The Women

The Black Panther Party created over 60 Community Survival Programs including the Free Breakfast Program, Free Medical and Dental Clinics, Free Food Programs and many more that focused specifically on children and elders.

Though it began in Oakland, Ca in 1966, The Black Panther Party had chapters throughout the United States, in over 30 cities, many of which were started by and lead by women. Christina “Chuckles'' May, for example was Deputy Minister of Culture for the Chicago Chapter along with Yvonne King who held two roles, Deputy Minister of Labor and Field Secretary. The International Chapters were also led by a team of Women - Kathleen Cleaver, Barbara E. Cox, Connie Matthews, Charlotte O'Neal and Janet Underwood.

Average age was 19

By the early 1970s women made up nearly 70% of The BPP members. These are just a few of the faces of the warriors that helped build the world we live in today. Captured by photographer and activist Stephen Shames, these photos (used to inform the design of The Mural) show examples of The Community Survival Programs created by The Panther Party. Not limited to but including - free medical, voting rights, free education and the most known - free breakfast program. These survival programs existed in each of the 28 chapters across the US as well as internationally.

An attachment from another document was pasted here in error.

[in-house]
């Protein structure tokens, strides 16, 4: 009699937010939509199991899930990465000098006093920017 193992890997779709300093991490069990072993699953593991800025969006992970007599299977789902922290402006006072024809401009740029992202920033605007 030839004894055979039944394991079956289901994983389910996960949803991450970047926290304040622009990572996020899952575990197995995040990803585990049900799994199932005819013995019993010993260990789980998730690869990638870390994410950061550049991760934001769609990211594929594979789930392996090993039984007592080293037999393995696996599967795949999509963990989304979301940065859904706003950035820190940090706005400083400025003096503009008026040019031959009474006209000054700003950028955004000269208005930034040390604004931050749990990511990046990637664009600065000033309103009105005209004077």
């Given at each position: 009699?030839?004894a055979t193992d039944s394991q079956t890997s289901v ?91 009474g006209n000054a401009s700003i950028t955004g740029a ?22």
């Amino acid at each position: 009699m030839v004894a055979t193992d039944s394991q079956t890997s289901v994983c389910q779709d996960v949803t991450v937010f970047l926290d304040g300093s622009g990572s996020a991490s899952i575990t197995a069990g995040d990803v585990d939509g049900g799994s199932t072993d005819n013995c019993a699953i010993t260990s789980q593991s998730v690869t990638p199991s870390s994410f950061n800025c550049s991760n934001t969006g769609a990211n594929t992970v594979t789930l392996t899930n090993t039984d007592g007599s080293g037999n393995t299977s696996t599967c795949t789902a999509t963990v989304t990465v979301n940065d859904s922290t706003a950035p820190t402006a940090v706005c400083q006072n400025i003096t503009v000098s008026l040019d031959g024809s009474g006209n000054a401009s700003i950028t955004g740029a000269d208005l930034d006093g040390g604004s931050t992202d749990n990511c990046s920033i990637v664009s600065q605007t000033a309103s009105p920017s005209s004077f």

At the average age of 19, young women filled the roles of boots on the ground community organizers, Central Committee leaders, Survival Program administrators, BPP Newspaper writers, artists and editors, nurses, researchers, marksmen, community board members, teachers, mothers, grandmothers. They were coalition-builders who learned from the people on the job. However there weren't male Panthers and Female Panthers. There were Panthers, Comrades, working side by side serving the people.

10,000 Bags

Unknown to most, the Women in the Black Panther Party were the foundation of The Party. They were at the core of the BPP’s 60+ Community Survival Programs created to improve human lives in the U.S. and around the world. Like many freedom movements throughout history, women were the glue and the backbone.

In March of 1972 The Black Panther Party gave away over 10,000 bags of groceries to people and families in need throughout Oakland and Berkeley, Ca.

photos by Stephen Shames